The Endowment is in the midst of implementing a new program in partnership with the Natural Resources Conservation Service (NRCS) made possible by a new Grants Leveraging Category contained within the agency’s Conservation Innovation Grants Program (CIG). Through a pending Request for Proposals process the Endowment is seeking to identify projects and partners for implementation under the Endowment’s successful 2009 CIG submission entitled, “Healthy Watersheds through Healthy Forests Initiative.”
At this point we don’t know if NRCS will continue the Grants Leveraging Category of CIG going into the future. What we do know is that we found the thought process that led us to the winning 2009 submission -- with the support of input from a number of conservation professionals from across the country -- to be a stimulating way to bubble up important initiatives and priorities. In short, it allowed us to build on our original public input process as the Endowment set its strategic programmatic priorities. We’d like to engage you in continuing that process as we think ahead to 2010.
The purpose of CIG is to stimulate the development and adoption of innovative conservation approaches and technologies while leveraging the Federal investment in environmental enhancement and protection. CIG projects are expected to lead to the transfer of conservation technologies, management systems, and innovative approaches (such as market-based systems) into NRCS technical manuals, guides, and references or to the private sector. CIG does not fund research projects. It is a vehicle to stimulate the development and adoption of conservation approaches or technologies that have been studied sufficiently to indicate a likelihood of success, and to be candidates for eventual technology transfer or institutionalization. CIG funds projects targeting innovative on-the-ground conservation, including pilot projects and field demonstrations.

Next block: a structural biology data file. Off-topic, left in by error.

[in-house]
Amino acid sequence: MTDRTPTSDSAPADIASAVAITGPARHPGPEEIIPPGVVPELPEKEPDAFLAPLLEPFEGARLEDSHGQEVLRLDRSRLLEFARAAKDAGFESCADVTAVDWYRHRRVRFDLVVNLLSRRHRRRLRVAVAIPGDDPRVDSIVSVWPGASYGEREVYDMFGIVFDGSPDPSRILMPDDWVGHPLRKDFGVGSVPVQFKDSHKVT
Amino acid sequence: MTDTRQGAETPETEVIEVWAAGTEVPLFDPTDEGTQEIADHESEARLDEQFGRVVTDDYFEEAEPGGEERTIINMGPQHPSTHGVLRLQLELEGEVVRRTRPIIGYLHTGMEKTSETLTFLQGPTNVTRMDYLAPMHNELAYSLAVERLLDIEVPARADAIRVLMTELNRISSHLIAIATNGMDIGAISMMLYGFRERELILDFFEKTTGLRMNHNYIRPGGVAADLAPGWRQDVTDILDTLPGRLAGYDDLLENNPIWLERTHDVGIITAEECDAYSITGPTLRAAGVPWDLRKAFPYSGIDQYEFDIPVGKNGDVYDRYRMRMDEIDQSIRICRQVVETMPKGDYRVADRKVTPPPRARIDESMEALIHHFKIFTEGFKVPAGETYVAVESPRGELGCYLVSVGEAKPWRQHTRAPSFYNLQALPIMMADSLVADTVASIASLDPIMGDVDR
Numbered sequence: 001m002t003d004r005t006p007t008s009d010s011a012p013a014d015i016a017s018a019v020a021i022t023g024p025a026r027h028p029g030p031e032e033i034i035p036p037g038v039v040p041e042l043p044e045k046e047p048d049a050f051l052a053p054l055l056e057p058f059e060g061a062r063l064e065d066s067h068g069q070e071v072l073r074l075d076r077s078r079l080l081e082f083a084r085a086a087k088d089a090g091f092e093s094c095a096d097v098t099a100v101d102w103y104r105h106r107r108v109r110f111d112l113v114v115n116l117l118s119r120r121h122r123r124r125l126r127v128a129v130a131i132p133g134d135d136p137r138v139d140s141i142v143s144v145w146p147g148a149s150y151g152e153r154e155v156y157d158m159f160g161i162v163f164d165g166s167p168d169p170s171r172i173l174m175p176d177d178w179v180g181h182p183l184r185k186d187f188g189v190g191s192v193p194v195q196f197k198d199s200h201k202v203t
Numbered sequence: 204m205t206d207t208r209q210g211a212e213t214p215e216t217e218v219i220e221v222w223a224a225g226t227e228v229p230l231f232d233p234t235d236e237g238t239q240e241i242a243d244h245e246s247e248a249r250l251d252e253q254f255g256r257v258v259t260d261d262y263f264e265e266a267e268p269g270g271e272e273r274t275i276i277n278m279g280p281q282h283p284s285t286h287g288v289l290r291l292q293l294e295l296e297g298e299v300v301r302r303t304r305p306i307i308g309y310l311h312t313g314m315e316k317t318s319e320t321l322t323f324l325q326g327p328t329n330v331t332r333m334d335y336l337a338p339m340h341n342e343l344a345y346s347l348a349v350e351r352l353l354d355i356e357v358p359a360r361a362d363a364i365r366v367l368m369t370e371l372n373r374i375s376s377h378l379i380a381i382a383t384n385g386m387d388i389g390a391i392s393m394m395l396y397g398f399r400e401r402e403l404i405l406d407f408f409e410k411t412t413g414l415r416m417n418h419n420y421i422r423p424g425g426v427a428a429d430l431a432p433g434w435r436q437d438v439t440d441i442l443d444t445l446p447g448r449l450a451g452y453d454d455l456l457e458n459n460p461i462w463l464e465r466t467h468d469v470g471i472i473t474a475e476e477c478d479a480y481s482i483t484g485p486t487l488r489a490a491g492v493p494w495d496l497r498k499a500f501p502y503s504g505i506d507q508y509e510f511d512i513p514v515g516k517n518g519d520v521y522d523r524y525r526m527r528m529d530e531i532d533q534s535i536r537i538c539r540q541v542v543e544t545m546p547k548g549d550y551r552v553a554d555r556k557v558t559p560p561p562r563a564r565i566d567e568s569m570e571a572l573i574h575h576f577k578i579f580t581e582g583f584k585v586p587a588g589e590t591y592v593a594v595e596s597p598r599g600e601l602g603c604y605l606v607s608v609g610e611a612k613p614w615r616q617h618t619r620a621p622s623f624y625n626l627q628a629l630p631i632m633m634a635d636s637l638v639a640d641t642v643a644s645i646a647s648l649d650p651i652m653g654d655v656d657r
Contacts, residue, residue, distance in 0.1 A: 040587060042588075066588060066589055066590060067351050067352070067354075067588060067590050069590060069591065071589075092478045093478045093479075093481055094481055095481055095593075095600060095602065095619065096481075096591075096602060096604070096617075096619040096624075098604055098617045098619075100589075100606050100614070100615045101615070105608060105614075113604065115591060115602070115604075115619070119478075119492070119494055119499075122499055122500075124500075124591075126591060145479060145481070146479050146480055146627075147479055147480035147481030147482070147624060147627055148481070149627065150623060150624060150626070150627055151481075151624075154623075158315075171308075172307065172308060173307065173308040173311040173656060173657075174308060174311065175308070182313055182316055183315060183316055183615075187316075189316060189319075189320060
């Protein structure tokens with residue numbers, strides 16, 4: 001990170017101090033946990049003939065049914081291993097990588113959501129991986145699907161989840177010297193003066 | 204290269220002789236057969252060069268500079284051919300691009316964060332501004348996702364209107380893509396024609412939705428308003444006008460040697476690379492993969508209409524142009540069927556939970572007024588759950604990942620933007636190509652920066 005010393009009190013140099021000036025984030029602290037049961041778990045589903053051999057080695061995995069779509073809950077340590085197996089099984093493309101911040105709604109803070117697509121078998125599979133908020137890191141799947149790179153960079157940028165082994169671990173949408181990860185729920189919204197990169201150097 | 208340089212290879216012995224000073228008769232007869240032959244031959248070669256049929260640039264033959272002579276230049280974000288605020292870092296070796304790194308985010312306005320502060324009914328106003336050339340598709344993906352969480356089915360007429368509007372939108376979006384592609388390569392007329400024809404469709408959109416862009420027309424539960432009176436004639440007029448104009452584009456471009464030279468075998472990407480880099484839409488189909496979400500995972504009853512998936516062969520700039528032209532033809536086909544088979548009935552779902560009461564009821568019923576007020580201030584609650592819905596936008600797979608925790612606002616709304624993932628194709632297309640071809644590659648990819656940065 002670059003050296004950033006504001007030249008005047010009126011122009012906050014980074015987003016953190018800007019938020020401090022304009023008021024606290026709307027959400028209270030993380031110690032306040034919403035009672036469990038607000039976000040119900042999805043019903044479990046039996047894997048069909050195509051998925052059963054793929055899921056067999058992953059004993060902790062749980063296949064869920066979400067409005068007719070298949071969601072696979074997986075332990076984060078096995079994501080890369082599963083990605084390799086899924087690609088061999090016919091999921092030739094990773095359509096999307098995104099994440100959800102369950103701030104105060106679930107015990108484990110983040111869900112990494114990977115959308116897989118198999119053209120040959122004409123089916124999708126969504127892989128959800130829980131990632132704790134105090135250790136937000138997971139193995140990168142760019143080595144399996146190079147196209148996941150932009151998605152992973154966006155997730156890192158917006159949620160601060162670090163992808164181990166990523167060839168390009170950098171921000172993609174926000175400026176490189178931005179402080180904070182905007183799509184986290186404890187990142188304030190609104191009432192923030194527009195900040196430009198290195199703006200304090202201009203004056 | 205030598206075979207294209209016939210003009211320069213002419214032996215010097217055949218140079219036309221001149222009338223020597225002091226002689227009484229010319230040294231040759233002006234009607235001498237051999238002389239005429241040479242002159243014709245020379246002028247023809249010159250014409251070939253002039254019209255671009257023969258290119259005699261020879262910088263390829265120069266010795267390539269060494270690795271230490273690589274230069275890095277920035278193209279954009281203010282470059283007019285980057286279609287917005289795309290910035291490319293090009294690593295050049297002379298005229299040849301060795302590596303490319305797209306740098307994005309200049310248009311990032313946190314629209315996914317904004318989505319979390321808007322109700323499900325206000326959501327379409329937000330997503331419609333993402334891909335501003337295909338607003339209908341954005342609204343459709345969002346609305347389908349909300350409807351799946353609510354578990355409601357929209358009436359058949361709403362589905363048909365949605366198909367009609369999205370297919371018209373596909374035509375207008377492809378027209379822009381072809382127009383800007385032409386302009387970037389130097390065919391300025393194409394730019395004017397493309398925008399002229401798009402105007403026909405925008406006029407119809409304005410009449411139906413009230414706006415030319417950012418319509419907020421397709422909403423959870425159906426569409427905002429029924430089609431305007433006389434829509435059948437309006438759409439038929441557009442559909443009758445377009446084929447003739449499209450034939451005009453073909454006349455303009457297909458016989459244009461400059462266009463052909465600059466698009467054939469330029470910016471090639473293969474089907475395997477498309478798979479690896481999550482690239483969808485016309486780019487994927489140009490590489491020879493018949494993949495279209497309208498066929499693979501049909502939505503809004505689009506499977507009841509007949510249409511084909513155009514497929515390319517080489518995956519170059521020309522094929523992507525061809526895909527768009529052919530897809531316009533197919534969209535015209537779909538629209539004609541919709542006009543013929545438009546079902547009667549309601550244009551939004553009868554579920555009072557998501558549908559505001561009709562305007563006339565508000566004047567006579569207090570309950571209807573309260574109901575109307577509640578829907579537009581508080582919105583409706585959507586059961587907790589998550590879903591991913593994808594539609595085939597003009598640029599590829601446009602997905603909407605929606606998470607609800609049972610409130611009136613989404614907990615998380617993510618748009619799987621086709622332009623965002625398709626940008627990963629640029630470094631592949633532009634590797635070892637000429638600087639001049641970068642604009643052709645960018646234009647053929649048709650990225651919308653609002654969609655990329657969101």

The Endowment Approach to CIG
Rather than approach the CIG program as a single applicant wishing to implement a specific project at the field level in one of the listed areas of National Concern – water resources; soil resources; atmospheric resources; grazing land; forest health or wildlife habitat – we believe our strength and core competence is found in developing a thematic approach to CIG that tests a single idea or technology in differing geographies. Thus, more rapidly proving the technology and vetting its use in a range of circumstances. For instance, under our 2009 grant we will be seeking to link up-stream water producers (e.g. forest landowners) with downstream water users/consumers ultimately by monetizing the water component of ecosystem services of forests. We anticipate deploying strategies and practices in two to three well-funded watersheds in different parts of the country to gain deep knowledge that can then be used by NRCS and others to transfer those learnings to other watersheds across the country.
Opening the Idea Box
As we think ahead to 2010 and a potential partnership with NRCS again (should such prove possible and be a direction approved by the Endowment’s Board) we want to engage you in bubbling-up those great ideas that meet the spirit of CIG and that would provide measurable results on the ground to advance forest sustainability and the needs of rural forest-reliant communities. We see this as a dialogue that extends the reach of the Endowment and helps us to benefit from the best of ideas from across the country. We offer two ways for you to engage. First, you may chose to just respond to this Blog or if you don’t wish your thoughts to be seen on the web, send your ideas directly to us – email@example.com . Either way, we appreciate you taking the time to share with us so that we may consider ways to better target the Endowment’s work to achieve our important mission.
Let the creativity begin!